LNP – Kulawansa’s record 24 years old today Record holder evaluates reasons behind low standards

Legendary boxer Muhammad Ali (centre) lit the Olympic Torch at the Atlanta Game. Here future Olympic medalist Susanthika Jayasinghe and Sriyani Kulawansa pose with the legend when he toured the Olympic village during the Atlanta Olympics. Legendary boxer Muhammad Ali’s presence to lit the Olympic torch was one of the most iconic moments in sports and for Sri Lankans the Games was memorable for Sriyani Kulawansa’s record breaking feat and Sugath Thilakaratne’s giant killing performance in the men’s 400 metres heats.

by Reemus Fernando

Exactly twenty four years ago on this day, brushing shoulders against the world’s best, Sriyani Kulawansa clocked 12.91 seconds in a photo-finish in the women’s 100 metres hurdles at the Atlanta Olympics. She missed the semi-final by the skin of her teeth but it was a remarkable achievement as she made the presence of the Asian continent felt at the world’s biggest stage. She was the only Asian to reach that higher in a field dominated by European and US counterparts and to date the 12.91 seconds feat remains the women’s 100 metres hurdles national record. Two decades after the impressive feat Kulawansa regrets that her record had remained untouched too long.

“It had remained unbroken means that we (Sri Lanka) haven’t made progress in this event. That is something that I regret though I have lot of fond memories from the Games when I look back,” Kulawansa told The Island in an interview.

“Things are different today. Young people look for instant results. With knowledge available in the internet, what you want is at your fingertips. Running hurdles is not easy. You have to train hard for that. Young people are not willing to put their bodies under so much of stress,” assessed Kulawansa who also takes part of the blame for not persuading enough as a coach to bring the best out of hurdlers.

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Sriyani Kulawansa is the only Sri Lankan hurdler to have clocked sub 13 seconds over the 100 metres hurdles. Picture courtesy Gettyimages

“Compared to two decades ago now we have few hurdlers who are competing against each other. That is something that we can be happy. When I competed I had to ask for 100 metres sprinters who were not hurdlers to take starts with me. When I was attempting records I made sure I got athletes like Jayamini Illeperuma, Thamara Samandeepika, Damayanthi Menike and co to take starts with me. Rules those days were such that for a record to be recognised you had to have at least five athletes competing. Hurdling was not something that girls liked though I remember there was crowd attraction for it. When I first established the national record in 1991 I remember that there was a huge crowd alongside the 100 metres track at Police Park to witness me hurdling,” recalled Kulawansa.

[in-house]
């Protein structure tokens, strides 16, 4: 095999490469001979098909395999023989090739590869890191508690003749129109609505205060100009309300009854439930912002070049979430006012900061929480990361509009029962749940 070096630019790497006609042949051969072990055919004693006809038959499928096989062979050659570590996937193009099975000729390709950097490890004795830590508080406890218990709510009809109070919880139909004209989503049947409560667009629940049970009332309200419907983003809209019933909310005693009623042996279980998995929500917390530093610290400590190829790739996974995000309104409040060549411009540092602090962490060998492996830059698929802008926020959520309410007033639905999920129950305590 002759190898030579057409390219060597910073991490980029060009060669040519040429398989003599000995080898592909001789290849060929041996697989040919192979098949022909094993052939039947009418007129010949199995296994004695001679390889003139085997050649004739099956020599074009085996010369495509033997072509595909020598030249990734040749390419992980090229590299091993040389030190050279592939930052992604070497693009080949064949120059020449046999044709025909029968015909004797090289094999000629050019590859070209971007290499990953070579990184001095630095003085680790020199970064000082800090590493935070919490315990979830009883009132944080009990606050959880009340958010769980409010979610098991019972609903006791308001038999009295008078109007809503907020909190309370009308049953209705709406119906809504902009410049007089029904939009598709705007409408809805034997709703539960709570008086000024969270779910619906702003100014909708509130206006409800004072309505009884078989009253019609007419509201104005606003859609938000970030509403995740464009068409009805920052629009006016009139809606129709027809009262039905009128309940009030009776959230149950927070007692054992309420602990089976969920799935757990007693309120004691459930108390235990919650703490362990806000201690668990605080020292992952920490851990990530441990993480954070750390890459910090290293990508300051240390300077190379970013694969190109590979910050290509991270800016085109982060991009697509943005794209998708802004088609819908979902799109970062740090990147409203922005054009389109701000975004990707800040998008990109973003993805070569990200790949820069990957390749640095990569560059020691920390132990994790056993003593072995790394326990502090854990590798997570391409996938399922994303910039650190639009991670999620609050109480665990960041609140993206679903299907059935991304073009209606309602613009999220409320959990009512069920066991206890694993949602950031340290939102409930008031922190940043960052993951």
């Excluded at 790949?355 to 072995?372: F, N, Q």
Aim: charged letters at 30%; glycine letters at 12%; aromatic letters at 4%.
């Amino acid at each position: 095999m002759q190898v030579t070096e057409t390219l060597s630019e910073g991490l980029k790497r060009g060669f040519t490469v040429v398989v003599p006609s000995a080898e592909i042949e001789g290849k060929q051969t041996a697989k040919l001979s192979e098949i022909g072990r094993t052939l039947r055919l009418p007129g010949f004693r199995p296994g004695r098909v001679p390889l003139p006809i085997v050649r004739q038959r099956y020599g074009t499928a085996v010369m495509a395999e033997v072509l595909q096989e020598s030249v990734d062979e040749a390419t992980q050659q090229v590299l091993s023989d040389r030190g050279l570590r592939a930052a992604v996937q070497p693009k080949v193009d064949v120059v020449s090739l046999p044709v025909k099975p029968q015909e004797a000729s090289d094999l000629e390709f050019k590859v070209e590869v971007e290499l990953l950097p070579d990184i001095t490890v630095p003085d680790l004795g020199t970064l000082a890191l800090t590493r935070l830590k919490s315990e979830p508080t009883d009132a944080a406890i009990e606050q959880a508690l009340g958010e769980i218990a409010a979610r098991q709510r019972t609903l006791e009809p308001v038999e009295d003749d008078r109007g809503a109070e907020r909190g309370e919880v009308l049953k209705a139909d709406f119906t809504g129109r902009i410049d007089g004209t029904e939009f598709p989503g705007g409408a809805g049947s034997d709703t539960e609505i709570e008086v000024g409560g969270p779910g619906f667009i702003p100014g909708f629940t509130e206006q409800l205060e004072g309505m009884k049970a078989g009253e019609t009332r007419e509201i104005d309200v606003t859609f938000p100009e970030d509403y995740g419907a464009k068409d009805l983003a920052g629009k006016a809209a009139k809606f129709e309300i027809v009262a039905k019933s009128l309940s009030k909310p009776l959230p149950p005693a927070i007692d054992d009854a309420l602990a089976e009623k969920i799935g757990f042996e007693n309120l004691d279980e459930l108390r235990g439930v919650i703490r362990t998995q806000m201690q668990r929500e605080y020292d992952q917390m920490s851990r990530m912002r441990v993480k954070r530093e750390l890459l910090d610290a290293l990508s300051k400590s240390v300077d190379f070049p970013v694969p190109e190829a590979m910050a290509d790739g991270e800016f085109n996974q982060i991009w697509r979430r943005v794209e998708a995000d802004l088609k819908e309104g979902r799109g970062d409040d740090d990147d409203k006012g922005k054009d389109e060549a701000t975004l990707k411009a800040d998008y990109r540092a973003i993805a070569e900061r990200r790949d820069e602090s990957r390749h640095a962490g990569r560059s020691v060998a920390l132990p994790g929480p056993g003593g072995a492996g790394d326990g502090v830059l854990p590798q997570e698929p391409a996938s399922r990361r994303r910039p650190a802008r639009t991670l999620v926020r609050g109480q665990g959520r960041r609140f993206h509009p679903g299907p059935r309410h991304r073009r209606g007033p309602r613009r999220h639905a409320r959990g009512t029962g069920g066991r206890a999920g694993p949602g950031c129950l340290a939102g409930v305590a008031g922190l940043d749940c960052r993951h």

Kulawansa, who is currently attached to the Ministry of Education as a project officer said that the current education system was also discouraging many to take up sports.

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“Being a parent myself I know the mind set of parents. They want their children to follow university education. Qualifications in sports alone do not guarantee a place in university. So parents do not encourage their children to take up sports. There are only very few former athletes who are financially secure. So it is natural for parents to not influence their children to take up sports,” opined Kulawansa.

While only a handful of female athletes have run the 100 metres hurdles under 14 seconds, Kulawansa is the only Sri Lankan to have clocked a sub 13 seconds according to Athletics Association of Sri Lanka statistician Saman Kumara.

Hurdling was not a discipline that Kulawansa put much thought into when she was at school. She was selected in the netball, volleyball and track and field (high jump) national pools simultaneously. And it was at that point that Lakshman de Alwis (former national athletics coach) instructed her to choose one discipline. She took hurdling seriously under Dervin Perera’s guidance and first took the national record under her belt in 1991 and from then on there had been no one closer to breaking the record. Hurdling took her to unprecedented heights as she represented Sri Lanka at almost all major international MultiSports events and medal success at Commonwealth Games, Asian Games, Asian Championships and SA Games.

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